Masculinities can be defined from a myriad of perspectives, and so I reaffirm here what has been an obvious fact of life all along and should probably be a truism, that there are as many definitions of masculinity as there are people populating the planet.  When the traditional cultural definition of masculinity contradicts what someone… Read More

Neil LaBute’s In The Company of Men is described as black comedy.  In some twisted universe, perhaps this is a comedy of a sort, but I see something else, perhaps several things.  This is an exploration of masculinity, yes, but it is also an exploration of stereotypical locker-room, hate-filled testosterone-filled masculinity, one that describes men… Read More

Ma Vie En Rose, directed by Alain Berliner, is a Belgium film produced in France.  While this film is obviously in French, the surrounding set design embodies an “American” look and feel for most of the film.  The characters also appear to be atypically “American” in their extreme negative reactions to Ludovic’s realization that he… Read More

Pierre Bourdieu’s desire to create a union of opposites, of the subjectivist and objectivist approaches in sociology, became what he called habitus.  This is his attempt to overcome the dualism in what he saw as a problem in sociological theory.  However, this attempt to generalize two opposing forces does not account for any individual’s desire… Read More

Brokeback Mountain, directed by Ang Lee, is a simple and complex love story between two people.   It is simple because it has also been called a straightforward gay love story as well as a bisexual love story.  While those points of view are valid on some level, this is a complex love story, because labeling… Read More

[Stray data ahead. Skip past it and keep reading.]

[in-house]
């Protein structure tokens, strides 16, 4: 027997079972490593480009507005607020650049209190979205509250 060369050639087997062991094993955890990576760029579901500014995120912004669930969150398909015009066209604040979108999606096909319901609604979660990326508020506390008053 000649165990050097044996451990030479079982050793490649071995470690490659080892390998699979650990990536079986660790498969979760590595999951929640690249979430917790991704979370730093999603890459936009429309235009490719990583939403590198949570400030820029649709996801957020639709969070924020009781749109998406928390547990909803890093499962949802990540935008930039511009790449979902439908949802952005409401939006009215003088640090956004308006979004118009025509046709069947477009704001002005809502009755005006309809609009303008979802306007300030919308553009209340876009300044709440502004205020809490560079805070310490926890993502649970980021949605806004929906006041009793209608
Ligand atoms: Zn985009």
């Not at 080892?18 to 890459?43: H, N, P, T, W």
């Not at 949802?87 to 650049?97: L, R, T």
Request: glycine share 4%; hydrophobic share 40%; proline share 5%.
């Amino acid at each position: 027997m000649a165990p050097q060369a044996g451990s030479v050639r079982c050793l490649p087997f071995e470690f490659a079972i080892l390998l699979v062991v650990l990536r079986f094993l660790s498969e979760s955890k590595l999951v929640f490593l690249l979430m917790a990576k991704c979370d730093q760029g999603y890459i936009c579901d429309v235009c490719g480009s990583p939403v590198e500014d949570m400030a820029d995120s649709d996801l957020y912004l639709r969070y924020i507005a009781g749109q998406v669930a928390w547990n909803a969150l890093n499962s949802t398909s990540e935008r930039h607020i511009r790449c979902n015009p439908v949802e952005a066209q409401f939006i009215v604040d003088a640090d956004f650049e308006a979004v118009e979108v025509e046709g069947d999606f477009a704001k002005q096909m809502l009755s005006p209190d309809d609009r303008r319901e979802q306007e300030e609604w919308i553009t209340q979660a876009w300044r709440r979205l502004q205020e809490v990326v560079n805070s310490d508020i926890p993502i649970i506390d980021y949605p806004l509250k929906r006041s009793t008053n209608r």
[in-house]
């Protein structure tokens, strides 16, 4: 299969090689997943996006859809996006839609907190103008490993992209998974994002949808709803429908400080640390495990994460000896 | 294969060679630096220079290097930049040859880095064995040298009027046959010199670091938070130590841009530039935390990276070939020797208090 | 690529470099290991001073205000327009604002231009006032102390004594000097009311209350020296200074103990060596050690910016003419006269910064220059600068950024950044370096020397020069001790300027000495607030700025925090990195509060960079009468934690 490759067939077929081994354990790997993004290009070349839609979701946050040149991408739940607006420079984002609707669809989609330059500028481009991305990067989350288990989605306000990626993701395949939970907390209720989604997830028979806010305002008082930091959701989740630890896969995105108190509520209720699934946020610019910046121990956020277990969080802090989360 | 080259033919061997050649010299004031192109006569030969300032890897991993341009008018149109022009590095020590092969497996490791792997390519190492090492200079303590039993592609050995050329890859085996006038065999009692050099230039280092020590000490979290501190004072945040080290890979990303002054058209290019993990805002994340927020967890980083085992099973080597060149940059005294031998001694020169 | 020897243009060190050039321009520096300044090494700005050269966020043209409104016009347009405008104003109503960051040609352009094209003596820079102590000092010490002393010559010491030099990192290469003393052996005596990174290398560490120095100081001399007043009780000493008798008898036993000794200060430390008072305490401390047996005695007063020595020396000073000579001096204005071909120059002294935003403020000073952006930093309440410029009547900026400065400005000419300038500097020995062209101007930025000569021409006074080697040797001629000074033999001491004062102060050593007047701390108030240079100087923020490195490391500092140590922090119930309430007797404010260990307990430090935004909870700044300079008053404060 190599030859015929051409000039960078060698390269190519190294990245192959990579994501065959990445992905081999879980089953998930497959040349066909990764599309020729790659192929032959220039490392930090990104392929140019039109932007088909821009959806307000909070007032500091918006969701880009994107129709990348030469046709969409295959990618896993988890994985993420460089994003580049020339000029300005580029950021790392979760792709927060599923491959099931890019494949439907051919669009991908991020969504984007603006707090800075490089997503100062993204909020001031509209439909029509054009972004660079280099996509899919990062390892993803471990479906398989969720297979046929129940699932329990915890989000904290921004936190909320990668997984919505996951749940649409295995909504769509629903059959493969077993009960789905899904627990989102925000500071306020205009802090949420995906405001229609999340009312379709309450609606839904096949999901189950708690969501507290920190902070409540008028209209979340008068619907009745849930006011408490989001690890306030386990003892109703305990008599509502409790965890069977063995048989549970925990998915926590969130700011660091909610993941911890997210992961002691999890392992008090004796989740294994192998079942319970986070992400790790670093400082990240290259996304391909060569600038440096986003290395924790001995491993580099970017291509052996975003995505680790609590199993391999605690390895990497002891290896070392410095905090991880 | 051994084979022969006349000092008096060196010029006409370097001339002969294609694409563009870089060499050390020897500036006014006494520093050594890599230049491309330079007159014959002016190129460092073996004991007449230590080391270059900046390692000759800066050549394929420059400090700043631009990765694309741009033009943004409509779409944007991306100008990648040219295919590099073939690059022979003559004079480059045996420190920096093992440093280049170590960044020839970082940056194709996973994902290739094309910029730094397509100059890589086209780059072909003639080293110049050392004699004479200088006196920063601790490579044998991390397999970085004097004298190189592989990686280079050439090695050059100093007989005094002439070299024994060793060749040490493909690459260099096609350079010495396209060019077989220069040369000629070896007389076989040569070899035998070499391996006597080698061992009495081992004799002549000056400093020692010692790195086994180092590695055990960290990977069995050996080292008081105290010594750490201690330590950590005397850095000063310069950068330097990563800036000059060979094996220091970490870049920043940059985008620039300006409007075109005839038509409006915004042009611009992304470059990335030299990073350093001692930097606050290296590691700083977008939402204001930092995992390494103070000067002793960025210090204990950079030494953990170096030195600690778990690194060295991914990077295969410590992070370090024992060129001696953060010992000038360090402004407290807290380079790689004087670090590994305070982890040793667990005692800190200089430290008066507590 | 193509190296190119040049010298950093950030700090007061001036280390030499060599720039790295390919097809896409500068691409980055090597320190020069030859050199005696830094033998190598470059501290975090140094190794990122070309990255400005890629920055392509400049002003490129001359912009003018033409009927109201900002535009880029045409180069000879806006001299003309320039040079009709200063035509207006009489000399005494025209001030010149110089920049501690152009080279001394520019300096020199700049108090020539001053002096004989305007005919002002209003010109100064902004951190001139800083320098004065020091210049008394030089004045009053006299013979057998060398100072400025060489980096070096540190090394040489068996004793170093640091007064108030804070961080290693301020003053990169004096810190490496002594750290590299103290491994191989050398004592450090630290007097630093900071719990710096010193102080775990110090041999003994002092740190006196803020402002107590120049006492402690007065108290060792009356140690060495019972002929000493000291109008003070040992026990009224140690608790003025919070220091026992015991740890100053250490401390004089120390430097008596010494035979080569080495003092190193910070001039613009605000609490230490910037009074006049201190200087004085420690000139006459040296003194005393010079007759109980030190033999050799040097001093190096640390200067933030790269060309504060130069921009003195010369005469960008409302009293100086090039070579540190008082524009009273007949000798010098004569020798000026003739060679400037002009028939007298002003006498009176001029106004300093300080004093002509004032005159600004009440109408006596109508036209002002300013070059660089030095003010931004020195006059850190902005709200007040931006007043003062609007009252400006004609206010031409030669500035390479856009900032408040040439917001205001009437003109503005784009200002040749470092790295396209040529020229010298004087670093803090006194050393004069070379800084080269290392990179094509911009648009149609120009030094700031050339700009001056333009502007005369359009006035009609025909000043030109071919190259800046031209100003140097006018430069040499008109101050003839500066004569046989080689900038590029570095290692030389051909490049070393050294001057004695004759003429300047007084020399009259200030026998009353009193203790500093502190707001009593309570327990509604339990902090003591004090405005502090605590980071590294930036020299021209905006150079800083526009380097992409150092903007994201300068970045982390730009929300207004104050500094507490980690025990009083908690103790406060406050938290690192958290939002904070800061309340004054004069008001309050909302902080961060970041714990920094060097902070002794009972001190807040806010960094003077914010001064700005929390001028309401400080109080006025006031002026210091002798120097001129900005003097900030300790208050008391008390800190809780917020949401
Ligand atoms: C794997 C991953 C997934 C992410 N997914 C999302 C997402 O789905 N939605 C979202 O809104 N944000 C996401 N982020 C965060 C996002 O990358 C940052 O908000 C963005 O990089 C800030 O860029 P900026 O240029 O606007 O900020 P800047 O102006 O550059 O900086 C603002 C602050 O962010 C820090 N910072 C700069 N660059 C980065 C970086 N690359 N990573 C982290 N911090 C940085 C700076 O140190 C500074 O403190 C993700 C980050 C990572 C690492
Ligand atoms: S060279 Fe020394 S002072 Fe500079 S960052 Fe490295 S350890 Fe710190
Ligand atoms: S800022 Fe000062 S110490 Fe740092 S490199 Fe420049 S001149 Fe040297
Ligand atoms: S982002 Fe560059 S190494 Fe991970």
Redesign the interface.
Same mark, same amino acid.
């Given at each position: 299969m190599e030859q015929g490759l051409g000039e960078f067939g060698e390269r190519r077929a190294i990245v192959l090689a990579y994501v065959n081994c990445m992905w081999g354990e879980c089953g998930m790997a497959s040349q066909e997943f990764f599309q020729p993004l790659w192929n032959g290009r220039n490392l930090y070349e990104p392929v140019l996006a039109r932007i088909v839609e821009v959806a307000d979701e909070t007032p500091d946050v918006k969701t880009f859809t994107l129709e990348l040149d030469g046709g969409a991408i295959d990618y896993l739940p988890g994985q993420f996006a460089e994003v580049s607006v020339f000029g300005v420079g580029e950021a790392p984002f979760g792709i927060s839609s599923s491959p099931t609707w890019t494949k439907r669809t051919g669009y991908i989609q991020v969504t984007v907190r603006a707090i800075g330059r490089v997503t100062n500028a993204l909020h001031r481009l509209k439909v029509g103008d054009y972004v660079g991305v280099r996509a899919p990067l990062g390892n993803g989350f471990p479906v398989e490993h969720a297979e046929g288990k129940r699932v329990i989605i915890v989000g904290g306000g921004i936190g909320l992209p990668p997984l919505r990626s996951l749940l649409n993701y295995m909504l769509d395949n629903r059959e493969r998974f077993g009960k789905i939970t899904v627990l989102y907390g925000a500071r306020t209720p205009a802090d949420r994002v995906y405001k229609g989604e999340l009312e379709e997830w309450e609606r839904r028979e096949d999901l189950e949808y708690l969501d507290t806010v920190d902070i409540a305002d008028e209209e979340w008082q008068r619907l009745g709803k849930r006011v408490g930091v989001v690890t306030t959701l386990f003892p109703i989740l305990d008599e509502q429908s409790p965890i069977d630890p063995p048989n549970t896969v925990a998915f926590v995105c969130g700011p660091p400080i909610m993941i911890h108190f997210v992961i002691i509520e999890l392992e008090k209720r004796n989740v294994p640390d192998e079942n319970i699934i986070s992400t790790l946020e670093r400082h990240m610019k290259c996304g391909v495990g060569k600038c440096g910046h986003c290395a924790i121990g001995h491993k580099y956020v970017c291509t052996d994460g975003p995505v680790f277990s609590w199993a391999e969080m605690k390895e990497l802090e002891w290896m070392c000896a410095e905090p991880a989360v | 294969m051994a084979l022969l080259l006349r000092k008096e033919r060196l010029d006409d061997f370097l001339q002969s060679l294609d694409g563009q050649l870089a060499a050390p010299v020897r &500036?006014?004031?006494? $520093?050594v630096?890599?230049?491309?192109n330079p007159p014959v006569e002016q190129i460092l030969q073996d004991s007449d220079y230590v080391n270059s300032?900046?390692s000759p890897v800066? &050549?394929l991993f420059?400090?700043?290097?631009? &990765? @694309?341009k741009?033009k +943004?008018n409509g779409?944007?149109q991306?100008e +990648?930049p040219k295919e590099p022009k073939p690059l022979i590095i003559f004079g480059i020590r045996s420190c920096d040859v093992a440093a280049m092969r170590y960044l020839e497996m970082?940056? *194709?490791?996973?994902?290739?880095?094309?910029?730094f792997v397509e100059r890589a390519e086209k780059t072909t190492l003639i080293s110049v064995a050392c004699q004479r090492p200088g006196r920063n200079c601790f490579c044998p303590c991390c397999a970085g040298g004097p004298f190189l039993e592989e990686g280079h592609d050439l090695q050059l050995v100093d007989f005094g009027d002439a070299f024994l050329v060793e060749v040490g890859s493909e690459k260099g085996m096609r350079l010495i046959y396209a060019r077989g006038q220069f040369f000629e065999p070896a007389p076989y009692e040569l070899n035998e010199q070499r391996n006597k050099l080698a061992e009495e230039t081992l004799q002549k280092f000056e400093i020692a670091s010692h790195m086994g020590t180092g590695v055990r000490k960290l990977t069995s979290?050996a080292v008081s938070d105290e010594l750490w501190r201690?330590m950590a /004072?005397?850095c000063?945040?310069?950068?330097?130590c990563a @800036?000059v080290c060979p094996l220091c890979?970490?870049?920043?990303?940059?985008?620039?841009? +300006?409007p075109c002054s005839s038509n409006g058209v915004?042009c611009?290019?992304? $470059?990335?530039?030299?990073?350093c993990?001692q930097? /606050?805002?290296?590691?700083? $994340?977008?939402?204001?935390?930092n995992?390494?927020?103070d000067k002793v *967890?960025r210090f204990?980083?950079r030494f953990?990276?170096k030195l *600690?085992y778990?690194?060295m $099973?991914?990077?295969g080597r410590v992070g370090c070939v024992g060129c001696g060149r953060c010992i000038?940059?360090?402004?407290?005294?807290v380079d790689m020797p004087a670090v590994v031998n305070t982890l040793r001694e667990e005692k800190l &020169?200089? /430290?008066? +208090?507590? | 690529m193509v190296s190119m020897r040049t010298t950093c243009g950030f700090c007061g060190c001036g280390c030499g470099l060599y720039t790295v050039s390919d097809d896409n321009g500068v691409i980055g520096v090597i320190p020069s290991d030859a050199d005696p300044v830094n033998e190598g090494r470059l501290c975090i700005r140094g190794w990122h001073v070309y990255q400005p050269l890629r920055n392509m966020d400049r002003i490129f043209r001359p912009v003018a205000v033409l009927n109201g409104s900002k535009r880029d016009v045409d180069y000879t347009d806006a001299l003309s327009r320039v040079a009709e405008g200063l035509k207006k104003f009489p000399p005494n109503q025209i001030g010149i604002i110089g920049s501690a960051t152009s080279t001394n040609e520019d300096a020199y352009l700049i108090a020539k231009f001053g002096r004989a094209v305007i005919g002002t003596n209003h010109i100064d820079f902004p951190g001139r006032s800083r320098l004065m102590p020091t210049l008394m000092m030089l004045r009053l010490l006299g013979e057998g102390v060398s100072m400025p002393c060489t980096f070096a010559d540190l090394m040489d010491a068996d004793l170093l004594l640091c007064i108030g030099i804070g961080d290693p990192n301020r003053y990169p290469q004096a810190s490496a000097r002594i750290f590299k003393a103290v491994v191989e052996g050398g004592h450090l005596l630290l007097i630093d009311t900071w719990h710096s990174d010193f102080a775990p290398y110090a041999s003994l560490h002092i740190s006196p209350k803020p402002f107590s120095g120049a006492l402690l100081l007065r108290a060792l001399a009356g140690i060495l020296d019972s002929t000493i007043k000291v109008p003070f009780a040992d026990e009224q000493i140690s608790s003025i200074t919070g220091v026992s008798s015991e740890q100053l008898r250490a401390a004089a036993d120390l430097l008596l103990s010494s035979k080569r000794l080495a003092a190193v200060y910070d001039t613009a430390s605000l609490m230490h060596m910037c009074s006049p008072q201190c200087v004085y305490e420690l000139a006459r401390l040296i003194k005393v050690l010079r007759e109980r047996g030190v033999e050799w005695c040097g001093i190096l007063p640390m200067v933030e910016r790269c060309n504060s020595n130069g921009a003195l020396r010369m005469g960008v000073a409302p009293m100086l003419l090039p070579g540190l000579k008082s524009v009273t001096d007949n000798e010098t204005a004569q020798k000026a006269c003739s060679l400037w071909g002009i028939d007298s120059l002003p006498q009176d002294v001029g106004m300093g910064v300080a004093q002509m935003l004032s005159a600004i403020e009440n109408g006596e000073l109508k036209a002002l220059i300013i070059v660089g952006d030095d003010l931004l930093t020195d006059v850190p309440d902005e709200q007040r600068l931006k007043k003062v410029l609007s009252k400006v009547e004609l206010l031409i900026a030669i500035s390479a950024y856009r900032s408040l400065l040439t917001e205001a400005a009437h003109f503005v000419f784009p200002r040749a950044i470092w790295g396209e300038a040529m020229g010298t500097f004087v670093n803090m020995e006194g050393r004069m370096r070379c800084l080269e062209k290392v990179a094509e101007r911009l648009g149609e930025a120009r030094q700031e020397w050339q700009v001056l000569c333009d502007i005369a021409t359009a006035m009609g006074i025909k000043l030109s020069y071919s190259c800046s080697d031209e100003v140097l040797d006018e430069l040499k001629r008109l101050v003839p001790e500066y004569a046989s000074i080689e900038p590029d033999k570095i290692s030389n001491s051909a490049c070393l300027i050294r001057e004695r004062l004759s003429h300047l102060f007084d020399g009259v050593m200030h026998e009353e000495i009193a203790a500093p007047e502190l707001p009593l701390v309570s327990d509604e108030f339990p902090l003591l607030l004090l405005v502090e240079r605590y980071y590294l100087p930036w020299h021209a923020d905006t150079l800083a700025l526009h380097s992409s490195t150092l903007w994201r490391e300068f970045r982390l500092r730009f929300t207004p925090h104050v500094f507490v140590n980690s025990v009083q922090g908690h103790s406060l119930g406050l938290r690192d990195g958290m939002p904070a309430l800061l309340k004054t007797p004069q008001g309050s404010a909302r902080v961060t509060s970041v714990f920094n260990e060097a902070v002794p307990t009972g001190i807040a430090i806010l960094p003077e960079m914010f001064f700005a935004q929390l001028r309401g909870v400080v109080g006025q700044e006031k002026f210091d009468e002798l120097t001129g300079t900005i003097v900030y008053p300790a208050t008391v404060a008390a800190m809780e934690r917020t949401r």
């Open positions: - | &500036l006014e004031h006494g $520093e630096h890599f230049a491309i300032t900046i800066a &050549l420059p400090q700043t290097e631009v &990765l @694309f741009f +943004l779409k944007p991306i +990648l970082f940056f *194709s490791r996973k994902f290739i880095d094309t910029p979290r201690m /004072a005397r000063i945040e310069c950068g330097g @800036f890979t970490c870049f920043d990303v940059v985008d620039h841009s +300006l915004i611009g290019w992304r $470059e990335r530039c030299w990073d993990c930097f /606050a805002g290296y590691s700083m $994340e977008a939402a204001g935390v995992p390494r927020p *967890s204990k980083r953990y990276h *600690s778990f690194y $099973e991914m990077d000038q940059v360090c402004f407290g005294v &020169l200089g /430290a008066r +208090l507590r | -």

The documentary Murderball, directed by Henry Alex Rubin and Dana Adam Shapiro, is raw, visceral, violent, and beautiful.  It is a story of a multi-dimensional masculinity and humanity told from several points of view.  It embodies the expression, “in your face,” in that neither the filmmakers nor the subjects feel inclined to leave most topics… Read More

Tommy Lee Jones’ The Three Burials of Melquiades Estrada begins as a story of honour between close friends and quickly devolves into multiple perspectives of an archetypal quest for masculine redemption and second chances.  For Pete Perkins, the rancher and Melquiades’ best friend, Belmont, the local sheriff, and Norton, the border patrolman, each quest is… Read More

John Crowley’s Boy A tests our perceptions of social acceptance of a boy/young man  (Eric/Jack) in arrested masculine development who has had few opportunities to properly mature outside of a prison/youth detention culture for fifteen years.  Crowley contrasts this vis a vis Jack’s male co-workers and the masculinity of his girlfriend Michelle’s romantic advances as… Read More